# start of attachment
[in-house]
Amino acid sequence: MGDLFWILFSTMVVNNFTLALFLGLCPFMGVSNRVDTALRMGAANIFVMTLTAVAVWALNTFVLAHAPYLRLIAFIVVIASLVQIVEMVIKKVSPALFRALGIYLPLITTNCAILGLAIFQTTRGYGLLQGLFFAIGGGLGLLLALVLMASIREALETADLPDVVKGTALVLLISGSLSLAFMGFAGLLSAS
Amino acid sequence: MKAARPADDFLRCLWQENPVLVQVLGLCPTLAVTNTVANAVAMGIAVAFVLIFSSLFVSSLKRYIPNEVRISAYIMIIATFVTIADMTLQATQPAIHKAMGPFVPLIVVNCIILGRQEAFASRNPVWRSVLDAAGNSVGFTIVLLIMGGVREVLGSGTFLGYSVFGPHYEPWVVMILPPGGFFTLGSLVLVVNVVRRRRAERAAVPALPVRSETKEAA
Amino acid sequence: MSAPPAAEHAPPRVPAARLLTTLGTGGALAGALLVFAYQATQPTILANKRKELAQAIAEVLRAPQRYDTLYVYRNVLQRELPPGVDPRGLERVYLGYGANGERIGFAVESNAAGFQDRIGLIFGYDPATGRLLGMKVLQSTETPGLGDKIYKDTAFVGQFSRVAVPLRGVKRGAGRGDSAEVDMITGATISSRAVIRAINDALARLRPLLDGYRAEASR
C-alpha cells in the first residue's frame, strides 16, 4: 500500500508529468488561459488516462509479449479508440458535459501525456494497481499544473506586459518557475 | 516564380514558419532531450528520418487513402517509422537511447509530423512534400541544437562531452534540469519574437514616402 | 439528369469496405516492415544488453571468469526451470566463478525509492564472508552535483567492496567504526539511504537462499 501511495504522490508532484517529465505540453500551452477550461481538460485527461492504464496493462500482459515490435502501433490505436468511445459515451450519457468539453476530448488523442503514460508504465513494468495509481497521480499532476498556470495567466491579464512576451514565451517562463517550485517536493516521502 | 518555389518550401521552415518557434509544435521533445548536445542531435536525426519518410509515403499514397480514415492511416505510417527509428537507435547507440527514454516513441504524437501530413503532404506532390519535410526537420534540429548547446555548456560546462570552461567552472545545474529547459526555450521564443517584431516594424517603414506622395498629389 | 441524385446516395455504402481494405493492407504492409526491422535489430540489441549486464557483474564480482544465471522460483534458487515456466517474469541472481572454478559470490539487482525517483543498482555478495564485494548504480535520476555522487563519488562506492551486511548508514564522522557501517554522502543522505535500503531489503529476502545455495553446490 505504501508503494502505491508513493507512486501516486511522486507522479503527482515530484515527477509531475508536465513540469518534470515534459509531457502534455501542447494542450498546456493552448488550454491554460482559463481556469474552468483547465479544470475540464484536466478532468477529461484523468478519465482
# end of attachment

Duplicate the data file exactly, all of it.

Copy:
[in-house]
Amino acid sequence: MGDLFWILFSTMVVNNFTLALFLGLCPFMGVSNRVDTALRMGAANIFVMTLTAVAVWALNTFVLAHAPYLRLIAFIVVIASLVQIVEMVIKKVSPALFRALGIYLPLITTNCAILGLAIFQTTRGYGLLQGLFFAIGGGLGLLLALVLMASIREALETADLPDVVKGTALVLLISGSLSLAFMGFAGLLSAS
Amino acid sequence: MKAARPADDFLRCLWQENPVLVQVLGLCPTLAVTNTVANAVAMGIAVAFVLIFSSLFVSSLKRYIPNEVRISAYIMIIATFVTIADMTLQATQPAIHKAMGPFVPLIVVNCIILGRQEAFASRNPVWRSVLDAAGNSVGFTIVLLIMGGVREVLGSGTFLGYSVFGPHYEPWVVMILPPGGFFTLGSLVLVVNVVRRRRAERAAVPALPVRSETKEAA
Amino acid sequence: MSAPPAAEHAPPRVPAARLLTTLGTGGALAGALLVFAYQATQPTILANKRKELAQAIAEVLRAPQRYDTLYVYRNVLQRELPPGVDPRGLERVYLGYGANGERIGFAVESNAAGFQDRIGLIFGYDPATGRLLGMKVLQSTETPGLGDKIYKDTAFVGQFSRVAVPLRGVKRGAGRGDSAEVDMITGATISSRAVIRAINDALARLRPLLDGYRAEASR
C-alpha cells in the first residue's frame, strides 16, 4: 500500500508529468488561459488516462509479449479508440458535459501525456494497481499544473506586459518557475 | 516564380514558419532531450528520418487513402517509422537511447509530423512534400541544437562531452534540469519574437514616402 | 439528369469496405516492415544488453571468469526451470566463478525509492564472508552535483567492496567504526539511504537462499 501511495504522490508532484517529465505540453500551452477550461481538460485527461492504464496493462500482459515490435502501433490505436468511445459515451450519457468539453476530448488523442503514460508504465513494468495509481497521480499532476498556470495567466491579464512576451514565451517562463517550485517536493516521502 | 518555389518550401521552415518557434509544435521533445548536445542531435536525426519518410509515403499514397480514415492511416505510417527509428537507435547507440527514454516513441504524437501530413503532404506532390519535410526537420534540429548547446555548456560546462570552461567552472545545474529547459526555450521564443517584431516594424517603414506622395498629389 | 441524385446516395455504402481494405493492407504492409526491422535489430540489441549486464557483474564480482544465471522460483534458487515456466517474469541472481572454478559470490539487482525517483543498482555478495564485494548504480535520476555522487563519488562506492551486511548508514564522522557501517554522502543522505535500503531489503529476502545455495553446490 505504501508503494502505491508513493507512486501516486511522486507522479503527482515530484515527477509531475508536465513540469518534470515534459509531457502534455501542447494542450498546456493552448488550454491554460482559463481556469474552468483547465479544470475540464484536466478532468477529461484523468478519465482